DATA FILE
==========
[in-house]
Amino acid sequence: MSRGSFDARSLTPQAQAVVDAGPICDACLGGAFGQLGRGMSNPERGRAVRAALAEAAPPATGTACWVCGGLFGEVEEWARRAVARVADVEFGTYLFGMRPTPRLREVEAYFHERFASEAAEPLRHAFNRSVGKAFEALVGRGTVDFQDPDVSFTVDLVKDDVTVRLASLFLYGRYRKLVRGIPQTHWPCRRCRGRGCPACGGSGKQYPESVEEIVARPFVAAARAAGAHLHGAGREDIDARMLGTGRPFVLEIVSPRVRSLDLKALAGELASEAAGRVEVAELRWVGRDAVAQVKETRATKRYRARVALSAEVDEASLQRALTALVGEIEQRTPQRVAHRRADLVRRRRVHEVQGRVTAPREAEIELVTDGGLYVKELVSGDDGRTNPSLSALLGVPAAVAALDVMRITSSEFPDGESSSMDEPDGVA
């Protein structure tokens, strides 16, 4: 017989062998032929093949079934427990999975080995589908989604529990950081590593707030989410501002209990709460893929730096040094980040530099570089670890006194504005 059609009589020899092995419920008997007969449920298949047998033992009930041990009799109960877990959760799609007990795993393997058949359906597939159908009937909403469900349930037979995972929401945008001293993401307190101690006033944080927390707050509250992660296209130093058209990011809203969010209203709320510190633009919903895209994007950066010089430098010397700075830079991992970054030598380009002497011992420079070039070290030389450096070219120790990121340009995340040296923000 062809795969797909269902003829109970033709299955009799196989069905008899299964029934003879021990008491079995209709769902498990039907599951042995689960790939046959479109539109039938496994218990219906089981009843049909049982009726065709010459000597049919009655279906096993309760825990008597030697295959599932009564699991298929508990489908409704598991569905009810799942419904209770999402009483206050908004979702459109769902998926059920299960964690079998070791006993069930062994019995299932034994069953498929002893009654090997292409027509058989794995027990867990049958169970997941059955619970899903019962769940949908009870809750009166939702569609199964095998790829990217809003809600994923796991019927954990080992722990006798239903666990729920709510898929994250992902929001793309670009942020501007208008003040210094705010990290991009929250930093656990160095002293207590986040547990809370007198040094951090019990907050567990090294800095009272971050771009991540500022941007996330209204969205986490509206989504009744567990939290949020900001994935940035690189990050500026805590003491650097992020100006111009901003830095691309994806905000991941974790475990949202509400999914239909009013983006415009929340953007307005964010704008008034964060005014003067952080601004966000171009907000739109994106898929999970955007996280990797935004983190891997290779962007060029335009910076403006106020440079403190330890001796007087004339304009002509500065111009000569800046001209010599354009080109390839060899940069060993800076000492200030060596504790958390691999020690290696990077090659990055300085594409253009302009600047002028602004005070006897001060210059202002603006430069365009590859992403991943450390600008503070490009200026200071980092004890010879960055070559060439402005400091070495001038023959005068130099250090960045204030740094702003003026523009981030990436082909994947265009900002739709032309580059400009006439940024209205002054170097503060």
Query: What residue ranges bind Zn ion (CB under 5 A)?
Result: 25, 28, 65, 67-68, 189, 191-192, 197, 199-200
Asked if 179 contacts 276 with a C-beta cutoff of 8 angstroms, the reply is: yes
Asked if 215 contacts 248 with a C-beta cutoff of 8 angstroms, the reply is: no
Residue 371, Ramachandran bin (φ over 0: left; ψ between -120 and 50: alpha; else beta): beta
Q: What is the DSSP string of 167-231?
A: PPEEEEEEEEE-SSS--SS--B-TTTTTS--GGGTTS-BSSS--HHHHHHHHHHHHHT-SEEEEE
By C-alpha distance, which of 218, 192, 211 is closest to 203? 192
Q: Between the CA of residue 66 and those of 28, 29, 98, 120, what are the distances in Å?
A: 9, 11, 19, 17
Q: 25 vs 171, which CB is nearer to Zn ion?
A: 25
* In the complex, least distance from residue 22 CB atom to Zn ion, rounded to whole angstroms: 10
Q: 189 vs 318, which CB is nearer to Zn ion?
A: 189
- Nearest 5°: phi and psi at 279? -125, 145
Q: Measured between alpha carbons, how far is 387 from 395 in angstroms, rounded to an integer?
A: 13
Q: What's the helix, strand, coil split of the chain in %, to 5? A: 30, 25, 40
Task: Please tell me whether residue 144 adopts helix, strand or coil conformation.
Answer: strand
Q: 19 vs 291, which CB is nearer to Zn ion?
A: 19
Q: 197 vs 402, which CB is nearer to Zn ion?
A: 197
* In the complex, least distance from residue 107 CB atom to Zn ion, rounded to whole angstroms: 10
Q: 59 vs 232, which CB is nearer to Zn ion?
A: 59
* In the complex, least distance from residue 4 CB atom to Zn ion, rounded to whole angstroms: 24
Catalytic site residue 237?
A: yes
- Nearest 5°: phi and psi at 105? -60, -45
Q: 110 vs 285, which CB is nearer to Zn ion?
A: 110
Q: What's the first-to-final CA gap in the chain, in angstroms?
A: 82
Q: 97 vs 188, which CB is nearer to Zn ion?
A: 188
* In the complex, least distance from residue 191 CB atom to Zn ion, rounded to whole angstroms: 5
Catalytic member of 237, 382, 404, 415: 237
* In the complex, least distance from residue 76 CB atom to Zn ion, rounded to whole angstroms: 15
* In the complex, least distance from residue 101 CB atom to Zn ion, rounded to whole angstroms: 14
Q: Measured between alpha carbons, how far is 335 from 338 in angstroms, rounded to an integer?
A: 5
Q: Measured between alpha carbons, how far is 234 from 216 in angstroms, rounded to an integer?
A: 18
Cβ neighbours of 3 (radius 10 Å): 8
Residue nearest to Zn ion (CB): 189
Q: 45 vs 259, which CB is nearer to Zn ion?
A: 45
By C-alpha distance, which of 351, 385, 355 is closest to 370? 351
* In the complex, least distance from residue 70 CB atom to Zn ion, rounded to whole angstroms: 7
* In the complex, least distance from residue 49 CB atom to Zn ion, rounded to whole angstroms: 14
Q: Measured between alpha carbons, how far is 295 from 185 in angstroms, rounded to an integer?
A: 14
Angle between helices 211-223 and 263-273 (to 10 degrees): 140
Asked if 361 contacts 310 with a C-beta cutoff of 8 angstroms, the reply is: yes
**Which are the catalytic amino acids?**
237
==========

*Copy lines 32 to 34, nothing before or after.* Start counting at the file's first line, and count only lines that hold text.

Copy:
* In the complex, least distance from residue 4 CB atom to Zn ion, rounded to whole angstroms: 24
Catalytic site residue 237?
A: yes